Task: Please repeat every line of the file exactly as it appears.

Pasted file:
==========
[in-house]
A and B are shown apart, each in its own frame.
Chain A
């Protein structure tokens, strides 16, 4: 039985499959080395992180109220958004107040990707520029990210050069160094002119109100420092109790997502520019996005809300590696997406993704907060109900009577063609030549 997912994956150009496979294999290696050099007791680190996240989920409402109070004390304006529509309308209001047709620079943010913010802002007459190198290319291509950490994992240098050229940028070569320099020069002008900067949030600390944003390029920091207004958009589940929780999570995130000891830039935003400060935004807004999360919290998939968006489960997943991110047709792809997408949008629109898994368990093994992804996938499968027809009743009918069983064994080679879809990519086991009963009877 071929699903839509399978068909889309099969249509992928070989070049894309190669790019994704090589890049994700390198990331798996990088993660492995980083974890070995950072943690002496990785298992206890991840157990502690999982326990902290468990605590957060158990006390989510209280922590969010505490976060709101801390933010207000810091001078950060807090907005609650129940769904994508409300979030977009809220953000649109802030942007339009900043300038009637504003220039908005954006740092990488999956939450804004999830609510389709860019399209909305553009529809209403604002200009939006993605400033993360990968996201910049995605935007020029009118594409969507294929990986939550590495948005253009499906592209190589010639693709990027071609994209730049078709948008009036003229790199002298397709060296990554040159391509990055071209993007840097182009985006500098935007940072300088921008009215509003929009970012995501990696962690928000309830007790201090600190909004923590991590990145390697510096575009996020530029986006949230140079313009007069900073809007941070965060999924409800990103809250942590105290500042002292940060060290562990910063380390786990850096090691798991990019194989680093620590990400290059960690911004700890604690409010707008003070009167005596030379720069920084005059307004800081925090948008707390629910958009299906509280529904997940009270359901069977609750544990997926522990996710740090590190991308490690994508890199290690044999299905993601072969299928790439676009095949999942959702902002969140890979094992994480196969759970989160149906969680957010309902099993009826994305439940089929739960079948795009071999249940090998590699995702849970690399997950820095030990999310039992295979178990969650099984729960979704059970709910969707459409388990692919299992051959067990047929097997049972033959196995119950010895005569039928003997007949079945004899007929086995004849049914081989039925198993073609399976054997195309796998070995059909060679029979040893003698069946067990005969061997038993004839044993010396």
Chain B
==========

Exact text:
[in-house]
A and B are shown apart, each in its own frame.
Chain A
């Protein structure tokens, strides 16, 4: 039985499959080395992180109220958004107040990707520029990210050069160094002119109100420092109790997502520019996005809300590696997406993704907060109900009577063609030549 997912994956150009496979294999290696050099007791680190996240989920409402109070004390304006529509309308209001047709620079943010913010802002007459190198290319291509950490994992240098050229940028070569320099020069002008900067949030600390944003390029920091207004958009589940929780999570995130000891830039935003400060935004807004999360919290998939968006489960997943991110047709792809997408949008629109898994368990093994992804996938499968027809009743009918069983064994080679879809990519086991009963009877 071929699903839509399978068909889309099969249509992928070989070049894309190669790019994704090589890049994700390198990331798996990088993660492995980083974890070995950072943690002496990785298992206890991840157990502690999982326990902290468990605590957060158990006390989510209280922590969010505490976060709101801390933010207000810091001078950060807090907005609650129940769904994508409300979030977009809220953000649109802030942007339009900043300038009637504003220039908005954006740092990488999956939450804004999830609510389709860019399209909305553009529809209403604002200009939006993605400033993360990968996201910049995605935007020029009118594409969507294929990986939550590495948005253009499906592209190589010639693709990027071609994209730049078709948008009036003229790199002298397709060296990554040159391509990055071209993007840097182009985006500098935007940072300088921008009215509003929009970012995501990696962690928000309830007790201090600190909004923590991590990145390697510096575009996020530029986006949230140079313009007069900073809007941070965060999924409800990103809250942590105290500042002292940060060290562990910063380390786990850096090691798991990019194989680093620590990400290059960690911004700890604690409010707008003070009167005596030379720069920084005059307004800081925090948008707390629910958009299906509280529904997940009270359901069977609750544990997926522990996710740090590190991308490690994508890199290690044999299905993601072969299928790439676009095949999942959702902002969140890979094992994480196969759970989160149906969680957010309902099993009826994305439940089929739960079948795009071999249940090998590699995702849970690399997950820095030990999310039992295979178990969650099984729960979704059970709910969707459409388990692919299992051959067990047929097997049972033959196995119950010895005569039928003997007949079945004899007929086995004849049914081989039925198993073609399976054997195309796998070995059909060679029979040893003698069946067990005969061997038993004839044993010396």
Chain B